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The Art Of Picking Part 1
  

Supportive Fingering

Well, use "supportive fingering". That´s an approach I was introduced to at the GIT. I was told that Steve Lukather is one player who uses that approach a lot (ever has been since starting out). If you watch Steve play live, you´ll notice that he hardly moves his left hand when playing fast runs. It looks as if he's only shifting his hand up and down the neck without moving his fingers at all.

Now, what is "supportive fingering" all about ?
It´s a certain kind of left hand exercises that you should do a few minutes every day. If you do, you´ll notice some huge results after a while. It´s tough to keep up supportive fingering at absolute high speeds, but if you practice that stuff on a regular base, it will help you to minimize left hand-movements.

Here is the exercise and explanation of "s.f." (supportive fingering). Take your regular 1-2-3-4 chromatic exercise. (That means, start out on the low E-string. Play the first note at the 1st fret of that string with your index finger. Then, play the note at the 2nd fret, same string, with your middle finger. Next is the 3rd fret with the ring-finger and finally, the note at the 4th fret with your pinkie. Next, you move to the A- string and repeat the whole thing. You can see a TAB of an exercise like these at the end of this article...).

Once you reached the high E-string, you can either play the whole thing descending (1-2-3-4 starting on the high e- string, or 4-3-2-1 on that same string) or move the whole exercise up the neck chromatically.

Anyway, using the s.f.-approach, we change one thing:
You fret the 1st note with your left hand. Then you fret the second with the middle finger of the left hand, while the index finger remains in place (at the 1st fret) !!!

Next, you use your ring-finger at the 3rd fret while the first two fingers stay in place. Then you fret the last note on that string, and now you have all your fingers placed on the fretboard. (index at 1st fret, middle at 2nd etc.)

OK, now it´s time to continue on the A-string. You move only (ONLY !!!) your index finger to fret the note at the 1st fret. Then you leave the finger there. Next, you´re moving ONLY the middle finger up to the A-string.

By then, the index- and middle-finger are on the 1st and 2nd fret of the A-string respectively, while the 3rd and fourth finger are still on the E-String.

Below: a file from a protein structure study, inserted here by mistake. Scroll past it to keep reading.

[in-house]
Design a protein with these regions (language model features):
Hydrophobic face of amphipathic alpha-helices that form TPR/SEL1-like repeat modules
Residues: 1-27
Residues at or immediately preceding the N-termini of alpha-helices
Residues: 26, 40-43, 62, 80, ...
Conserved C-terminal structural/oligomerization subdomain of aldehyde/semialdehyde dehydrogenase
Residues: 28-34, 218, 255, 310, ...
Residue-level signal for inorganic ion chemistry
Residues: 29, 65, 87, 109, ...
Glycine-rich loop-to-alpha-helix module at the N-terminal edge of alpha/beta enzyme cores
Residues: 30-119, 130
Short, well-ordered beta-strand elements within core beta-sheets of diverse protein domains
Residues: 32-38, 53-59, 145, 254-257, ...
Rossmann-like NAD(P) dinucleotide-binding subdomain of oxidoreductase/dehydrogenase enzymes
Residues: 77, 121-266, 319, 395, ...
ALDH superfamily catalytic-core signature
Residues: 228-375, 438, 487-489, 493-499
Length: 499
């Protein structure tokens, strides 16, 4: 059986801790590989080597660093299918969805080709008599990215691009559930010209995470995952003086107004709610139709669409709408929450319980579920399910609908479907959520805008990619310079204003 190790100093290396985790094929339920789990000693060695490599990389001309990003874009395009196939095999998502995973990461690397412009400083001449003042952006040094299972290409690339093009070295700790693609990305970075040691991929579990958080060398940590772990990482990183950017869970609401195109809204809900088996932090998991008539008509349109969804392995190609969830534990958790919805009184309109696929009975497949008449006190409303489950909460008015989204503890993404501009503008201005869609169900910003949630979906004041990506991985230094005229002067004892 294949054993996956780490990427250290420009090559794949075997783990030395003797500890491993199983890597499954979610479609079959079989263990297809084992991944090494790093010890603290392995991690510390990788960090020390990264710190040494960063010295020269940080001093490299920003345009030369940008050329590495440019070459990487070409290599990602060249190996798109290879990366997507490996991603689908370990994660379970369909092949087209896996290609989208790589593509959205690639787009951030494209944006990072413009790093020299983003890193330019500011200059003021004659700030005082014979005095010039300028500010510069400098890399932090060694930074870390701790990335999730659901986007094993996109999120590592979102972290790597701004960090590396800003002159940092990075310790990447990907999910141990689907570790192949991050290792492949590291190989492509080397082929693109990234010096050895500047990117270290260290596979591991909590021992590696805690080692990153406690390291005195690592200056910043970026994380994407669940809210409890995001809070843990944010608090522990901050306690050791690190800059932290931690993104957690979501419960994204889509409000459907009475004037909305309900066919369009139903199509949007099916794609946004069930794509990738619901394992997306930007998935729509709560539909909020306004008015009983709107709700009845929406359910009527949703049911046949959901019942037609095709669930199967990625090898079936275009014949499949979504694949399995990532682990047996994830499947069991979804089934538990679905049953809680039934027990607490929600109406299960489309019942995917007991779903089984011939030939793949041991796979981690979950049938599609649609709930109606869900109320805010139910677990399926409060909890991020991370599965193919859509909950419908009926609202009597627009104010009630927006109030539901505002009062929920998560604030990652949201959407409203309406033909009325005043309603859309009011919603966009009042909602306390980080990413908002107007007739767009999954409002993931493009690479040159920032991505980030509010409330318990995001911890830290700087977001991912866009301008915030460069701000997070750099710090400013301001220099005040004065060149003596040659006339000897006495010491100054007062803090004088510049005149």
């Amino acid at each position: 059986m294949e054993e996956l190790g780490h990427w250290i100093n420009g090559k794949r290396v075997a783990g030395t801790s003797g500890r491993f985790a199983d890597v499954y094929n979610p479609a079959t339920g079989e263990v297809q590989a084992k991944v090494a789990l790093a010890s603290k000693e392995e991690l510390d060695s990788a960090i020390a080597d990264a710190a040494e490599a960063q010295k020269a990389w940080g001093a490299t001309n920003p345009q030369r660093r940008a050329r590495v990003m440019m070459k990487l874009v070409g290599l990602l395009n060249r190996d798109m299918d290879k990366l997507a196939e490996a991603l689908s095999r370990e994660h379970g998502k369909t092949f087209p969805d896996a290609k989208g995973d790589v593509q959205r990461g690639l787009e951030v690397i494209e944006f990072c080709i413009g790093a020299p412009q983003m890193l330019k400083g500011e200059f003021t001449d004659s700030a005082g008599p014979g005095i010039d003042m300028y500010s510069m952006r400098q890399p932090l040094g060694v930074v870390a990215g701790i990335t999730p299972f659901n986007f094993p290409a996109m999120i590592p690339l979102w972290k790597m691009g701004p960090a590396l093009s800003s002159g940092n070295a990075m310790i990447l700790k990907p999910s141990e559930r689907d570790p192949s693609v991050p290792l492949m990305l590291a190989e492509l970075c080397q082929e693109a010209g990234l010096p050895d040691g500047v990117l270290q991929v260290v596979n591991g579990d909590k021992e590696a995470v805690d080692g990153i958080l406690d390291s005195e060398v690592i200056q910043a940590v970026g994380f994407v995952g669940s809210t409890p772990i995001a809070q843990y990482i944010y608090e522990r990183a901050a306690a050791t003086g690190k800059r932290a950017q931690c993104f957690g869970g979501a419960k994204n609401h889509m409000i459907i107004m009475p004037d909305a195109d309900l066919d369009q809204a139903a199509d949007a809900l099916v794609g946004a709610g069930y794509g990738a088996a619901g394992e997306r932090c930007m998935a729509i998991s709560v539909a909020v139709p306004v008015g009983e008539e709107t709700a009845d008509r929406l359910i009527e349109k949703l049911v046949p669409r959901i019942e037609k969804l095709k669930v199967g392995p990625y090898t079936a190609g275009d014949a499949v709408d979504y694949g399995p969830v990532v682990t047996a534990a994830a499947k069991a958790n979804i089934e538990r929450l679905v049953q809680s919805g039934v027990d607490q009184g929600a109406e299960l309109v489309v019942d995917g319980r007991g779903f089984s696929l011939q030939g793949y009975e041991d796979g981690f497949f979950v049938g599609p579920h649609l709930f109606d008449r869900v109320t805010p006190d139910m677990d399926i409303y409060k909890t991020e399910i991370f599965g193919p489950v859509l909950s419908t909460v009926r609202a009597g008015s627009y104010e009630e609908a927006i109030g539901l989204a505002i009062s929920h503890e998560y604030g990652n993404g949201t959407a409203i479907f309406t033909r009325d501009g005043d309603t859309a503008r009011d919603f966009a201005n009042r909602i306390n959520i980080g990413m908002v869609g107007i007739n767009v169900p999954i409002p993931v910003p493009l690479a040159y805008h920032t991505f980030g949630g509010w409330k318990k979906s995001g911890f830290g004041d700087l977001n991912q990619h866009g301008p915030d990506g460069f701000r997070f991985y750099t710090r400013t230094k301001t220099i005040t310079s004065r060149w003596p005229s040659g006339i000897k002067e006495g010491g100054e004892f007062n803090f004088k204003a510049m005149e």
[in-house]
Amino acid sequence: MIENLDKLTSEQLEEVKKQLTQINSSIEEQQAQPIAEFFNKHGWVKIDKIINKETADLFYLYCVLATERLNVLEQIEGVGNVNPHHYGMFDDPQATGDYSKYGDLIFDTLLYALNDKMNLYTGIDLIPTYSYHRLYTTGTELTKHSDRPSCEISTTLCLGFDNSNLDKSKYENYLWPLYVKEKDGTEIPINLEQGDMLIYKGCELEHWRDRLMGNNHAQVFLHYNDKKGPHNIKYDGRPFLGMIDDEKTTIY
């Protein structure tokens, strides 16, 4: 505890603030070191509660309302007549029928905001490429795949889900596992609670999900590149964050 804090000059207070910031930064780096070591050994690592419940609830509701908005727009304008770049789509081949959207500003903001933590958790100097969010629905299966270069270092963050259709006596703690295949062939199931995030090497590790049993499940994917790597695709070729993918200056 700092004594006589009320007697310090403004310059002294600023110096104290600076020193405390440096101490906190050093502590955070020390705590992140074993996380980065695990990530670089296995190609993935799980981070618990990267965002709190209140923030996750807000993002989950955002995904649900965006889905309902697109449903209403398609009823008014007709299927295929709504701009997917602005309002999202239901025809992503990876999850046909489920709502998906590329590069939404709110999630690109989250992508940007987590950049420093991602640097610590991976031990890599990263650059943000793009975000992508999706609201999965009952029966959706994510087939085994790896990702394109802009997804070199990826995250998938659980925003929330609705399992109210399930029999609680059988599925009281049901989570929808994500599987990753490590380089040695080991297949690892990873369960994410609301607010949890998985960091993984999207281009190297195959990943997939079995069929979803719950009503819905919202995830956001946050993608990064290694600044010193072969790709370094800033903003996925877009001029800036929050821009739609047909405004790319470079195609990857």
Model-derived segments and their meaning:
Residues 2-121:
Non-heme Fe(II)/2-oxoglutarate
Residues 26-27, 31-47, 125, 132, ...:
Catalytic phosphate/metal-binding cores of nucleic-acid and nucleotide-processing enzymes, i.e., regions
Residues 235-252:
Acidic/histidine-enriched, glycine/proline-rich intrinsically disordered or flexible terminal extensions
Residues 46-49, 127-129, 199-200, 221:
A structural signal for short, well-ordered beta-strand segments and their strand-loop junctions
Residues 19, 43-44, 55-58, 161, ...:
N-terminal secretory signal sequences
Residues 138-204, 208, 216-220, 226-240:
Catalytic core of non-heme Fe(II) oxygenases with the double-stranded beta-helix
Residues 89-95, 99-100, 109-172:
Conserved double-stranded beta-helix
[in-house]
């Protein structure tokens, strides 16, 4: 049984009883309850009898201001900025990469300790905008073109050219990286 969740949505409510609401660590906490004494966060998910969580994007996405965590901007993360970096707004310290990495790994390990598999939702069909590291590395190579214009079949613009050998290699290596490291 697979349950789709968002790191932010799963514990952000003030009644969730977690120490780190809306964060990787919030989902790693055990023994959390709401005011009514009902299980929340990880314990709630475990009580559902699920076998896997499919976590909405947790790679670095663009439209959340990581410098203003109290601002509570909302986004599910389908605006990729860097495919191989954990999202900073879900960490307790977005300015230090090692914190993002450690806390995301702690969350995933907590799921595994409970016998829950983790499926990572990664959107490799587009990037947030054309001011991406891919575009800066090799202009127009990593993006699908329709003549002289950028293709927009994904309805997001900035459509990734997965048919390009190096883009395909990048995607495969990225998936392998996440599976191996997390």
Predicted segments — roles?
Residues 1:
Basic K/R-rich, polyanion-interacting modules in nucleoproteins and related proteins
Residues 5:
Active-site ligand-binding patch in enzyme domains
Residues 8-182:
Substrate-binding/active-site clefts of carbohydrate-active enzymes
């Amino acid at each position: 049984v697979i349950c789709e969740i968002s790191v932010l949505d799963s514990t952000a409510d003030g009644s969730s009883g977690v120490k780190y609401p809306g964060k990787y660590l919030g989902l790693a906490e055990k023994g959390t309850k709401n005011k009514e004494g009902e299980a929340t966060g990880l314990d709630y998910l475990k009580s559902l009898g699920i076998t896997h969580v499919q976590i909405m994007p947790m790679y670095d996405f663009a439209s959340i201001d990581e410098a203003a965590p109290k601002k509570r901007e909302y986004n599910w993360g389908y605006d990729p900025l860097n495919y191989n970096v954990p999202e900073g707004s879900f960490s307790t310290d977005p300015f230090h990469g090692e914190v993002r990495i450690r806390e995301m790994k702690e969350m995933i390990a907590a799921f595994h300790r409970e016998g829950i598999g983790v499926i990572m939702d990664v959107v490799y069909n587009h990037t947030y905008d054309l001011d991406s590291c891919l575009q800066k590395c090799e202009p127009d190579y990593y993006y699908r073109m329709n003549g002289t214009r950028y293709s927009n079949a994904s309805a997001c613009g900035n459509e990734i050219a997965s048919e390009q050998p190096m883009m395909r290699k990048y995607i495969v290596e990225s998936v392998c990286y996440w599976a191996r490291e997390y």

Eventually, you move those two to the A-string as well. Continue the whole exercise that way. It's actually less complicated once you try it. It might feel a bit awkward in the beginning, but if you do those kinda exercises (you can also do them with diatonic exercises) a few minutes every day, you will start to use your left hand way more economically.

If you descend on the strings (4-3-2-1) you put ALL the fingers in place immediately, and then slowly remove each finger, playing 4th fret, 3rd fret, 2nd fret, 1st fret. Move the fingers to the next string once you take them off.

Another cool net-effect of this exercise is that you are kinda forced to fret really accurately, bending your fingers a bit to hit the string straight on without muting any adjacent strings...

Alright, that´s the idea behind "supportive fingering"


The right hand

Keep your right hand relaxed, too. Have your pick slightly angled (one side of it being closer to the floor than the other one). I discussed stuff like anchoring and "How many fingers to hold the pick" in my "99 Ways To Pick" article here at iBreatheMusic, so check that out, too !


The metronome is your friend

Well, I don´t think I have to elaborate on this quite a lot. The metronome is an essential tool for developing speed and accuracy. So use it. Remember that even the coolest lick ain't worth a damn if it is not in time, "in the pocket".

I also think it can be pretty motivating to work with a metronome. Set yourself some realistic daily goals, like "OK, today I'm gonna take this lick and speed it up to 90 bpm". Maybe the next day, you can get up to a 100 etc.

Increase speed in small steps, and if you feel like you´re stuck at a certain tempo, exaggerate. Turn the metronome up like 60 bpm. Then try to play along with it. You´ll most likely not be able to do so. But once you skip back to your top-speed, you might be able to push it a bit more and improve a bit more.

One great exercise a friend told me about one day:
Weave a sheet of paper between the strings, like: put it over the high e-string, then under the B-string, over the G- String etc. If you hit the strings now, they won´t have any sustain or anything. you'll hear nothing but a percussive attack, very much like a snare-drum. Now turn on your metronome, and try to play along to it. Try to "erase" the beats of the metronome by hitting the strings EXACTLY in time. Do so at different metronome-settings. This is a nice exercise to get used to working with it.


First exercises >>